Sep 30, 2013
Evomail is part of the new generation of email apps, ones that shoot for a greater degree of accessibility and inbox management. But for me, Evomail comes with one killer feature: the ability to remove emails from the inbox temporarily by ‘snoozing’ them. On my iOS devices, Mailbox’s ease of use and interface has made it my client of choice. This is a problem because I rely on its ability to easily delay emails to a later time to help keep my sanity.
Yet despite Mailbox’s expensive acquisition by Dropbox, it’s still an iOS-only affair. It’s frustrating, because it’s something Google has yet to add in as a built-in feature despite making the Android Gmail app more like Mailbox and Evomail with things like swiping actions. So now Evomail is on Android, and with it, the ability to procrastinate on answering emails. But it’s not quite the great email experience that I wanted.
At its heart, Evomail is a functional email client, supporting the standard list of features that one would quite reasonably expect from an email client. The problem in using it is that everything just feels unwieldy. Nothing feels consistent in function. Even the inbox itself feels like it always has a different group of emails than what I really have. The snooze feature, which moves emails to a new folder but seems to create new unread emails when they return to the inbox, is handy for delaying to later, but just still feels chaotic, because everything appears new, and not in the original chronological order, either. It feels like it’s driving me crazy, and that’s not what this sort of email app should do.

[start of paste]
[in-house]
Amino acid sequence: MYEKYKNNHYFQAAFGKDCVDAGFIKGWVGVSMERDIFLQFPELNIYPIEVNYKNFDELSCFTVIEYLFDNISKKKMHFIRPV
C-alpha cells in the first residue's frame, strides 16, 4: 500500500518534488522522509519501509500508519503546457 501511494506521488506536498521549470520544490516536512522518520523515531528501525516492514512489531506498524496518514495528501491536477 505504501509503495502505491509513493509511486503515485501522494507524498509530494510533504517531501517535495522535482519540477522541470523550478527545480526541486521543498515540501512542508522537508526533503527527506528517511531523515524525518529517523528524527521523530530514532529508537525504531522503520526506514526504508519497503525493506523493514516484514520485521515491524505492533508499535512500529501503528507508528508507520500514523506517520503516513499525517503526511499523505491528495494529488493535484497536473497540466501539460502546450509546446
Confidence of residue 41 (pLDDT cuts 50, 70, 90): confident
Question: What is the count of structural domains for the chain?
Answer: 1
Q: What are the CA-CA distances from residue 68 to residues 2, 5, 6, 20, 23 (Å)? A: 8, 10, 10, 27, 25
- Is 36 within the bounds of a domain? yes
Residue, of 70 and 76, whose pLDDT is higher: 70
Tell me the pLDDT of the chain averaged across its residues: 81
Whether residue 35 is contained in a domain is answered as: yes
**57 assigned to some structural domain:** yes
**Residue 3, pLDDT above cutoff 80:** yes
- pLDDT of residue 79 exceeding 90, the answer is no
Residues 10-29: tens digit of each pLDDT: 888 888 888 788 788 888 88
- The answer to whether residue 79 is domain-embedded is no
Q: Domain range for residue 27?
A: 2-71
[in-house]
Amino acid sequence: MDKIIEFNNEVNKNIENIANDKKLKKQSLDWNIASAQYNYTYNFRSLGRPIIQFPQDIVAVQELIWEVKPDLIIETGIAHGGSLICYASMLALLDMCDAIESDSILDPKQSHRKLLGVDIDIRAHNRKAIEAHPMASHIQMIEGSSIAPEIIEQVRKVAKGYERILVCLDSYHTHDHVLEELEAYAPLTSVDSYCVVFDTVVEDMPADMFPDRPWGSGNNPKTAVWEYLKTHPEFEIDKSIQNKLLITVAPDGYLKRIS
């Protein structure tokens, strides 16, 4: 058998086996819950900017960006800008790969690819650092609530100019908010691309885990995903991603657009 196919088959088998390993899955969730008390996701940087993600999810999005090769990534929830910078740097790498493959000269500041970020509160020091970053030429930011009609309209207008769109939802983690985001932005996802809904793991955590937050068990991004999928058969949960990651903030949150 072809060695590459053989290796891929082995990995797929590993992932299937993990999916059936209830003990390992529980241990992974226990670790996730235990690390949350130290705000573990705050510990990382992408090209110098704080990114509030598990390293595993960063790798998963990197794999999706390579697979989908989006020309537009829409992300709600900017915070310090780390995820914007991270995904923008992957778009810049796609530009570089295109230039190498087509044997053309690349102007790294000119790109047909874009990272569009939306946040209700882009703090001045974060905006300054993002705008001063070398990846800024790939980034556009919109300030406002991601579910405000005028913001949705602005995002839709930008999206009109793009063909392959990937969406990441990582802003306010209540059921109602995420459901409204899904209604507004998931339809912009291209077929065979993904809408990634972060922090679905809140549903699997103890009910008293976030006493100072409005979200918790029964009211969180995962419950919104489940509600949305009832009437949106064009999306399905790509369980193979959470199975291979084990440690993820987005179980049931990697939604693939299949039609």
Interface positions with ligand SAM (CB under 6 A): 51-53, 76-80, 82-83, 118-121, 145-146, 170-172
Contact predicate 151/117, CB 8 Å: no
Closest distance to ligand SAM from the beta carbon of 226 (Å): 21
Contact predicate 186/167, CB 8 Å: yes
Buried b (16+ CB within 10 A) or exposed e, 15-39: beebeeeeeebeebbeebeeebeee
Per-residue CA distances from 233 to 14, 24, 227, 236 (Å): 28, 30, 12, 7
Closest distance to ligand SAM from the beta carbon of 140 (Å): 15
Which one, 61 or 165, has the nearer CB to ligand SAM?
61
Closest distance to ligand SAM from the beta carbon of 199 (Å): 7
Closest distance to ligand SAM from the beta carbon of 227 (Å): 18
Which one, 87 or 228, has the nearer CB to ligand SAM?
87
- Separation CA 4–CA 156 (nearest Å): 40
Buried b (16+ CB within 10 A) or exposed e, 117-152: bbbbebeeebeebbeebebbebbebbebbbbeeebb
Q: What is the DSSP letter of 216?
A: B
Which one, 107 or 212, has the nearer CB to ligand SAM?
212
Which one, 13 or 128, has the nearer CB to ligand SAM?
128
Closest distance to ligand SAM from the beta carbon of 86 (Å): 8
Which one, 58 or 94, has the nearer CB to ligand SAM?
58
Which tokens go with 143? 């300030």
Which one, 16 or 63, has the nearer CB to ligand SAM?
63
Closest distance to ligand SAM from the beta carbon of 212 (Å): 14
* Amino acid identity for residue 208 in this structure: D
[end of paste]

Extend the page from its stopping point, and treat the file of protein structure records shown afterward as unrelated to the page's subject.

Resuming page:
It’s a shame, too, because Evomail has a lot going for it. The swiping to archive and auto-advancing to the next email when archiving from a read message is great. The little settings for send-and-archive and swipe-left-to-snooze are great usability tweaks that make the user feel more comfortable. There’s multiple account (and push notification) support, and this doesn’t just work with Gmail, it works with Yahoo and IMAP accounts. It’s a solid email app, but the way that random emails appear and disappear from the inbox for me? It throws me off.
And really, that’s Evomail’s problem. The chaos is unbearable, and I hope that issues like this are fixed later on. It’s hard to recommend for the Gmail user, but for non-Gmail users? This is one of the few quality options available. For me, someone who uses primarily Google’s email services? I’ll wait for Gmail to add email delaying or for Mailbox to hit Android.